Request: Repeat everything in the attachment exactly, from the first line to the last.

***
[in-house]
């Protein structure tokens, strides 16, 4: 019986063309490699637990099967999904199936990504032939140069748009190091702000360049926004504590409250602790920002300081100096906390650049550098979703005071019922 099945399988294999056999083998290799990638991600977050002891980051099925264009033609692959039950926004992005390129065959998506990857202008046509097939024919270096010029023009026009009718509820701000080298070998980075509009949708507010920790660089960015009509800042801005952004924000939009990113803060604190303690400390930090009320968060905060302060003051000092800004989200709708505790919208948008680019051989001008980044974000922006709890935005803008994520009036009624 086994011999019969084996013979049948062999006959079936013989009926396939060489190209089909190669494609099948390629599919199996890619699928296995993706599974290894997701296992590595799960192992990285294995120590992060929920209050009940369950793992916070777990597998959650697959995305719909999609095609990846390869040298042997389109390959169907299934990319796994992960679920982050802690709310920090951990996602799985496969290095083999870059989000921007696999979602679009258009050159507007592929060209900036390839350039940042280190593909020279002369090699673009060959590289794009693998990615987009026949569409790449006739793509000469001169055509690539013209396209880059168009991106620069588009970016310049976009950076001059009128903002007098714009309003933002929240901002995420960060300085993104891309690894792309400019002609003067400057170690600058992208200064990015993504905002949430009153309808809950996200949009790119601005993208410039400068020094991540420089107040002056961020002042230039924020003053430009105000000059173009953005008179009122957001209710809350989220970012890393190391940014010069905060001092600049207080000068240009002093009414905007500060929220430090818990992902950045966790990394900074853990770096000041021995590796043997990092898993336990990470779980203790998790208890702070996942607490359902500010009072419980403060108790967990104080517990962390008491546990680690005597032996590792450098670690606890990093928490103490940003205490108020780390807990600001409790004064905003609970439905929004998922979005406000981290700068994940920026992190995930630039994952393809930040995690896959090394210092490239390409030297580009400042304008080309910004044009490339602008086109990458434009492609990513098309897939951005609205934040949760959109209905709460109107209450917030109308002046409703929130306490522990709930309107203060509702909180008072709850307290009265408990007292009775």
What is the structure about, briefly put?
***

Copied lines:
[in-house]
């Protein structure tokens, strides 16, 4: 019986063309490699637990099967999904199936990504032939140069748009190091702000360049926004504590409250602790920002300081100096906390650049550098979703005071019922 099945399988294999056999083998290799990638991600977050002891980051099925264009033609692959039950926004992005390129065959998506990857202008046509097939024919270096010029023009026009009718509820701000080298070998980075509009949708507010920790660089960015009509800042801005952004924000939009990113803060604190303690400390930090009320968060905060302060003051000092800004989200709708505790919208948008680019051989001008980044974000922006709890935005803008994520009036009624 086994011999019969084996013979049948062999006959079936013989009926396939060489190209089909190669494609099948390629599919199996890619699928296995993706599974290894997701296992590595799960192992990285294995120590992060929920209050009940369950793992916070777990597998959650697959995305719909999609095609990846390869040298042997389109390959169907299934990319796994992960679920982050802690709310920090951990996602799985496969290095083999870059989000921007696999979602679009258009050159507007592929060209900036390839350039940042280190593909020279002369090699673009060959590289794009693998990615987009026949569409790449006739793509000469001169055509690539013209396209880059168009991106620069588009970016310049976009950076001059009128903002007098714009309003933002929240901002995420960060300085993104891309690894792309400019002609003067400057170690600058992208200064990015993504905002949430009153309808809950996200949009790119601005993208410039400068020094991540420089107040002056961020002042230039924020003053430009105000000059173009953005008179009122957001209710809350989220970012890393190391940014010069905060001092600049207080000068240009002093009414905007500060929220430090818990992902950045966790990394900074853990770096000041021995590796043997990092898993336990990470779980203790998790208890702070996942607490359902500010009072419980403060108790967990104080517990962390008491546990680690005597032996590792450098670690606890990093928490103490940003205490108020780390807990600001409790004064905003609970439905929004998922979005406000981290700068994940920026992190995930630039994952393809930040995690896959090394210092490239390409030297580009400042304008080309910004044009490339602008086109990458434009492609990513098309897939951005609205934040949760959109209905709460109107209450917030109308002046409703929130306490522990709930309107203060509702909180008072709850307290009265408990007292009775």
What is the structure about, briefly put?